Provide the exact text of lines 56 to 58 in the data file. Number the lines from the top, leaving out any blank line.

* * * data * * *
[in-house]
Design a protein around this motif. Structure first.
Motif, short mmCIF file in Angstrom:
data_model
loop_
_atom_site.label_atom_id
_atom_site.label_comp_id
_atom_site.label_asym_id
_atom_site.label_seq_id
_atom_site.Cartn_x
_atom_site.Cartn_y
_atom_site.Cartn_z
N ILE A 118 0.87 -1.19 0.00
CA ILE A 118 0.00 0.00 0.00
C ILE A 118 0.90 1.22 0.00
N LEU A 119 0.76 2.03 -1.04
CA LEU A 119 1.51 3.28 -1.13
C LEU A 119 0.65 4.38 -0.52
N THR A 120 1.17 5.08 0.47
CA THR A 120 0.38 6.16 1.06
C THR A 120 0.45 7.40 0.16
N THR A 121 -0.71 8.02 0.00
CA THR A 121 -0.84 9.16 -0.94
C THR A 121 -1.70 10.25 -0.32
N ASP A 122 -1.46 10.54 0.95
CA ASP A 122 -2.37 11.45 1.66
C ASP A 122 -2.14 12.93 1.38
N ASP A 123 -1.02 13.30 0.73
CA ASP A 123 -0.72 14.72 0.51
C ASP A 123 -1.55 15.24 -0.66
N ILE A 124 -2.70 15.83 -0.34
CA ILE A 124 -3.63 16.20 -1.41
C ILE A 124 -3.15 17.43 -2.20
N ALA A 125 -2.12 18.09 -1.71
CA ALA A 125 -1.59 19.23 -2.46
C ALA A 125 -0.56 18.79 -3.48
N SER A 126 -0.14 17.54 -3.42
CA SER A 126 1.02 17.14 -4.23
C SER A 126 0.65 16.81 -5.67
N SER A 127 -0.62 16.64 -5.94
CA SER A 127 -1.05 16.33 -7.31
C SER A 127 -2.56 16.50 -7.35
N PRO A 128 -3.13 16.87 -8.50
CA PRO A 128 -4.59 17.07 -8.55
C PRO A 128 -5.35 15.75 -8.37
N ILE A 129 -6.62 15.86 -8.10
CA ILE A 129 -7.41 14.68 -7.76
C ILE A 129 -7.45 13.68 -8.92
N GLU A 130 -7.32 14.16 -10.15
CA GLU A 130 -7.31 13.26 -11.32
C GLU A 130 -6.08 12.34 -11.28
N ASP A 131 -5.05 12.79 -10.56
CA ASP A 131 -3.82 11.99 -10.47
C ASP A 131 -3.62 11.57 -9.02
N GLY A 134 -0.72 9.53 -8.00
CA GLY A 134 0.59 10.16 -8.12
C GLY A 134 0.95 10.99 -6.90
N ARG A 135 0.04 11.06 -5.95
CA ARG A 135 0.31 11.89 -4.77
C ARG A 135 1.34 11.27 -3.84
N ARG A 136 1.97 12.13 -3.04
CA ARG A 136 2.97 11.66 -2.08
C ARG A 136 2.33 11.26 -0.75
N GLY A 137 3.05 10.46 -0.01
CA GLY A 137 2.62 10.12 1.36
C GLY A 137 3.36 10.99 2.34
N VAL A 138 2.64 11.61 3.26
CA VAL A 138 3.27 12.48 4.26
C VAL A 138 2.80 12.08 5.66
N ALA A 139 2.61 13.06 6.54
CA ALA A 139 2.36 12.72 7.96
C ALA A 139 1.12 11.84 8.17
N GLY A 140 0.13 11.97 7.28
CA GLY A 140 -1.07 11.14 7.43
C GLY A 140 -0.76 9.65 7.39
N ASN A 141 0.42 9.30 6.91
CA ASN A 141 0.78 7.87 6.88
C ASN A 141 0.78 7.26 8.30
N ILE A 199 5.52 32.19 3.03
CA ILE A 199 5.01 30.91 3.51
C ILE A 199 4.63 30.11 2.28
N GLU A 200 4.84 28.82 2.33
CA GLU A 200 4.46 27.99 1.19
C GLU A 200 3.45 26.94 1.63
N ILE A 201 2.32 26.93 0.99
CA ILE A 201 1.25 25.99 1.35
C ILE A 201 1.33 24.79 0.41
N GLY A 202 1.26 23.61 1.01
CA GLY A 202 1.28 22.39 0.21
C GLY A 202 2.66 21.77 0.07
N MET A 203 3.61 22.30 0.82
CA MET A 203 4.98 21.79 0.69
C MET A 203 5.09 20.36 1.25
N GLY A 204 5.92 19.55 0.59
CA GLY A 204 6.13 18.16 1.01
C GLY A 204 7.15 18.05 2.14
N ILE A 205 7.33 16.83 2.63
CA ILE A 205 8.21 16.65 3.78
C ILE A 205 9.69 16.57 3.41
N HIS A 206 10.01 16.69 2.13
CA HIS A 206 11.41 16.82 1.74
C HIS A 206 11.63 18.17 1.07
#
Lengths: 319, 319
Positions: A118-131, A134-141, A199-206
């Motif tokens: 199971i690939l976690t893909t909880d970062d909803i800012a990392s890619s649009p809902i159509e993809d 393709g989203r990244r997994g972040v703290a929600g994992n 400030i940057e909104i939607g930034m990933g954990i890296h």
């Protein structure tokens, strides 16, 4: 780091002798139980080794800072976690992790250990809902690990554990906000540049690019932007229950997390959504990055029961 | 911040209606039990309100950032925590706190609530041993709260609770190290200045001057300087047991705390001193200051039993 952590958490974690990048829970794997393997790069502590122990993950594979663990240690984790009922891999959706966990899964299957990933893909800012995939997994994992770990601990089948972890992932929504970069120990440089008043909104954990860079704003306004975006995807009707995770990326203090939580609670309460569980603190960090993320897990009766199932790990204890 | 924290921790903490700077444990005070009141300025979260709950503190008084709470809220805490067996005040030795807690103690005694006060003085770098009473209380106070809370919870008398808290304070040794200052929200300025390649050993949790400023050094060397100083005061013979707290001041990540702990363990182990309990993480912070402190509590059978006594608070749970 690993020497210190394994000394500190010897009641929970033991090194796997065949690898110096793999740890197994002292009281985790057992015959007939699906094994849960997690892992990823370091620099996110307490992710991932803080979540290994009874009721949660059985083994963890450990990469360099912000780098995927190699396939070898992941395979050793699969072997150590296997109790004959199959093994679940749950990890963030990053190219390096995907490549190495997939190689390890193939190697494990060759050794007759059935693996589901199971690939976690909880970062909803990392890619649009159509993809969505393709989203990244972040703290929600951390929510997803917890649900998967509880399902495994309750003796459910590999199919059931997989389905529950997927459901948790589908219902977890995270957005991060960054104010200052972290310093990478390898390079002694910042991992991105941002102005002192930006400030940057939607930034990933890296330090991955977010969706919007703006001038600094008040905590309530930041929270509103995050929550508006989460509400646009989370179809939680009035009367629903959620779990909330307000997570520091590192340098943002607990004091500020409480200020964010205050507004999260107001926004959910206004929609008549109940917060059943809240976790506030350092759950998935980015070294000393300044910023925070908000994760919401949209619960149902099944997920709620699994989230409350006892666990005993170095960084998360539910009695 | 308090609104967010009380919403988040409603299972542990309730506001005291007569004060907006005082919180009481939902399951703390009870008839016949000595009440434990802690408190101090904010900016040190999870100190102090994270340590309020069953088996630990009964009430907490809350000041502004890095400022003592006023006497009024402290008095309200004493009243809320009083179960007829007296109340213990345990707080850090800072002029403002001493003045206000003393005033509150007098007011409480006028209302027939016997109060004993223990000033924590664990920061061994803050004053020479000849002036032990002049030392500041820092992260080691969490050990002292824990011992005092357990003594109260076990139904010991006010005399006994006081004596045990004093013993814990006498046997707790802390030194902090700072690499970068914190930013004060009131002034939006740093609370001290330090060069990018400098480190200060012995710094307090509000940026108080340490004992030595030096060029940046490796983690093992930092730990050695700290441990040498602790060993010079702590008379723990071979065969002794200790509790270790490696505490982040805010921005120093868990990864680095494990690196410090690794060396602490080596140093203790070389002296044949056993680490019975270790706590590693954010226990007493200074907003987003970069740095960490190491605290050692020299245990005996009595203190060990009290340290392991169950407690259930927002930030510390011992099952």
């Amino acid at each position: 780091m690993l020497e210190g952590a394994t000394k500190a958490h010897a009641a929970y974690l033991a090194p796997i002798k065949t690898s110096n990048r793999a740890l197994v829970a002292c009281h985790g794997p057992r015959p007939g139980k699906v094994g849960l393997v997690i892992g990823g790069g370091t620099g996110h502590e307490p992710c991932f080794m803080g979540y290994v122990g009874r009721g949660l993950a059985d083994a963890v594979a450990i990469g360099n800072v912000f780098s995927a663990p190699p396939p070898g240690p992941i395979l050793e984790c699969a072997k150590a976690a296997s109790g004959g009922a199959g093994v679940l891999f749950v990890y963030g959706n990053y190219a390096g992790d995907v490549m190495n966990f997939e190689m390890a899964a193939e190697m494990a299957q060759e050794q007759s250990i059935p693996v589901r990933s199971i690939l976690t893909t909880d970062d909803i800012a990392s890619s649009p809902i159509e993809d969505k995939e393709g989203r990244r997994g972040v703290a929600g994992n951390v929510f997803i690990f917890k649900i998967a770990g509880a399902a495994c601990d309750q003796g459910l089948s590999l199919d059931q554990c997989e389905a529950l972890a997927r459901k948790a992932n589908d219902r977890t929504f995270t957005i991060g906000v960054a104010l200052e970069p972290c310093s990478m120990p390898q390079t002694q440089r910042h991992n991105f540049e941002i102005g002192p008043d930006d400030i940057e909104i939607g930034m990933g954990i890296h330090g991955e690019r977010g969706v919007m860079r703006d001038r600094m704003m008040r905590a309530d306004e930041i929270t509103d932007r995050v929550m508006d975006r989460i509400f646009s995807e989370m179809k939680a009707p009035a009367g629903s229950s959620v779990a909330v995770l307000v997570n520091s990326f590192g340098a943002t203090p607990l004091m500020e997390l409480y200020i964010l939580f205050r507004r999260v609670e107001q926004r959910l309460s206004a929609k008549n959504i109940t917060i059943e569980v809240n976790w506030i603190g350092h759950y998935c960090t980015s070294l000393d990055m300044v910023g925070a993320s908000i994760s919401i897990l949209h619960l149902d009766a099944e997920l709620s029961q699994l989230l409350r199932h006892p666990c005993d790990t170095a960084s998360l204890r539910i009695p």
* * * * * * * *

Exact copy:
CA GLY A 134 0.59 10.16 -8.12
C GLY A 134 0.95 10.99 -6.90
N ARG A 135 0.04 11.06 -5.95